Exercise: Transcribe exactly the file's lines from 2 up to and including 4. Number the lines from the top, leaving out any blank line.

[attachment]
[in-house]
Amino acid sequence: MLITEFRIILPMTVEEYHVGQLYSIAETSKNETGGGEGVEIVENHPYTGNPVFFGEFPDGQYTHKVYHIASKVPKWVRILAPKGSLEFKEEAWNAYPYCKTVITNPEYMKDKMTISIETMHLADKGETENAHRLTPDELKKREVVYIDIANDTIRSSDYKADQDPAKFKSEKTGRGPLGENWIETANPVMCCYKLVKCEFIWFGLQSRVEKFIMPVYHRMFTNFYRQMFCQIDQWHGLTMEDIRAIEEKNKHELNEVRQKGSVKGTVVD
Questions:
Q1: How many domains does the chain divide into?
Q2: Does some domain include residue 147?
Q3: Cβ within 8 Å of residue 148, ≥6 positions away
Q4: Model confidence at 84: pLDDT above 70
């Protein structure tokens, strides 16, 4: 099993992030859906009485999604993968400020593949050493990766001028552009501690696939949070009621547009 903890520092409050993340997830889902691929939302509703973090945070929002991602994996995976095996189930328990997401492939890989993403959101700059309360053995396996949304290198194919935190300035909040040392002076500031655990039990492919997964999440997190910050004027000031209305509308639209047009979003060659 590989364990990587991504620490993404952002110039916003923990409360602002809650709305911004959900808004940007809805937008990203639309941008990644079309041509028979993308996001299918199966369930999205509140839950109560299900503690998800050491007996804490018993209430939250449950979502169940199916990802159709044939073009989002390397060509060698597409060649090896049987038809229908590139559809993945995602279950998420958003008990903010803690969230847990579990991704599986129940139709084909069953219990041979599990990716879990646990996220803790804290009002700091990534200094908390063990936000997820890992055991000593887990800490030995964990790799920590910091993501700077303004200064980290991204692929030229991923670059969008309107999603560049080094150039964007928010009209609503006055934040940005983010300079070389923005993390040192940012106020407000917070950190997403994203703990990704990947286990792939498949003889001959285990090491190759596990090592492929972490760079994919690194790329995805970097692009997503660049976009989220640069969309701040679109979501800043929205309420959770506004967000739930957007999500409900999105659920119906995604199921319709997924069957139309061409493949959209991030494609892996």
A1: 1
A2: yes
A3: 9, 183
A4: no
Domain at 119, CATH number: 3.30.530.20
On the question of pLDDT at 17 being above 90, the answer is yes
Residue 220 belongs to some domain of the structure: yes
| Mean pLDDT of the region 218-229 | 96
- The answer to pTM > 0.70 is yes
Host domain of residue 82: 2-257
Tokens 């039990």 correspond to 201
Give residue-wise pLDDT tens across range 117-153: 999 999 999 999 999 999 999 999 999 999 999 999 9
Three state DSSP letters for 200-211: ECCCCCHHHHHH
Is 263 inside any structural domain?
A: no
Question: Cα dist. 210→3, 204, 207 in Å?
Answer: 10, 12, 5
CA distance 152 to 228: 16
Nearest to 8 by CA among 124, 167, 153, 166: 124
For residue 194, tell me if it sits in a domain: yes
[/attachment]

Amino acid sequence: MLITEFRIILPMTVEEYHVGQLYSIAETSKNETGGGEGVEIVENHPYTGNPVFFGEFPDGQYTHKVYHIASKVPKWVRILAPKGSLEFKEEAWNAYPYCKTVITNPEYMKDKMTISIETMHLADKGETENAHRLTPDELKKREVVYIDIANDTIRSSDYKADQDPAKFKSEKTGRGPLGENWIETANPVMCCYKLVKCEFIWFGLQSRVEKFIMPVYHRMFTNFYRQMFCQIDQWHGLTMEDIRAIEEKNKHELNEVRQKGSVKGTVVD
Questions:
Q1: How many domains does the chain divide into?